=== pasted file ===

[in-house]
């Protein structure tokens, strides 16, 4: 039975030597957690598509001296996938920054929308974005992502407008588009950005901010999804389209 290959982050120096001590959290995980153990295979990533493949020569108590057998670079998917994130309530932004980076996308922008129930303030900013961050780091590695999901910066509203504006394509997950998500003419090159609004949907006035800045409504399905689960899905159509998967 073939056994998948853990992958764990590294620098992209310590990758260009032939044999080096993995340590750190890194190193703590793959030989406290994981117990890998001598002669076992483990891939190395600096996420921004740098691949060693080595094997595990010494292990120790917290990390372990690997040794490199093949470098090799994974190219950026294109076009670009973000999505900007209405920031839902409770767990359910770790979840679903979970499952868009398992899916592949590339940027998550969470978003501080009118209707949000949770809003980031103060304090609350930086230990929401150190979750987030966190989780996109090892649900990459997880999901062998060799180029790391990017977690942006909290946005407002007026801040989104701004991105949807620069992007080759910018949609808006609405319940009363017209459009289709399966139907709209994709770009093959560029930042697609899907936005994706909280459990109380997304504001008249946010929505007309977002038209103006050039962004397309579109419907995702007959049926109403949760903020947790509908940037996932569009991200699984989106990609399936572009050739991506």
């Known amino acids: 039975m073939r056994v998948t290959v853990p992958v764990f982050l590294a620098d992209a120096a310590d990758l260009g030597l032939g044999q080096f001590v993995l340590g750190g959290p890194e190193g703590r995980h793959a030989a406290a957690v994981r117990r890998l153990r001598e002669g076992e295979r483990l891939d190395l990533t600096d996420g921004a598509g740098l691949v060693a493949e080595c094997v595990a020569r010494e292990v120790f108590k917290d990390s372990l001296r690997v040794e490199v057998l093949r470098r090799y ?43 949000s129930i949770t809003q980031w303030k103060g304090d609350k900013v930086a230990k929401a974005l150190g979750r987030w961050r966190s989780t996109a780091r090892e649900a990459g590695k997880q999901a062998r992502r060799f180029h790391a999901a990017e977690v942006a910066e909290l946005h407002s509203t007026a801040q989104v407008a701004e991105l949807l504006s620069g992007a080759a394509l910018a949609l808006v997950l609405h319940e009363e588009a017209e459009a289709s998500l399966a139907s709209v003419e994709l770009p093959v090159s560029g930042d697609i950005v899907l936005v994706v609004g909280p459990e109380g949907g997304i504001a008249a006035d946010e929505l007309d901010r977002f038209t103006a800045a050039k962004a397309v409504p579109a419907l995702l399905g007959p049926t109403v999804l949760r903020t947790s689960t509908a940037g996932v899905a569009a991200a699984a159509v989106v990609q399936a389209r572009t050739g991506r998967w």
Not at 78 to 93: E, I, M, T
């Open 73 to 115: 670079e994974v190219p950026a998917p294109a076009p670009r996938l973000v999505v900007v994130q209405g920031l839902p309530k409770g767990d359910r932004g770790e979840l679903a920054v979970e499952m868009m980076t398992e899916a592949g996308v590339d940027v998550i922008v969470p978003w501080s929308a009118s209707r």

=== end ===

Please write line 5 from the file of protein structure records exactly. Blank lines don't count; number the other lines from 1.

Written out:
């Open 73 to 115: 670079e994974v190219p950026a998917p294109a076009p670009r996938l973000v999505v900007v994130q209405g920031l839902p309530k409770g767990d359910r932004g770790e979840l679903a920054v979970e499952m868009m980076t398992e899916a592949g996308v590339d940027v998550i922008v969470p978003w501080s929308a009118s209707r």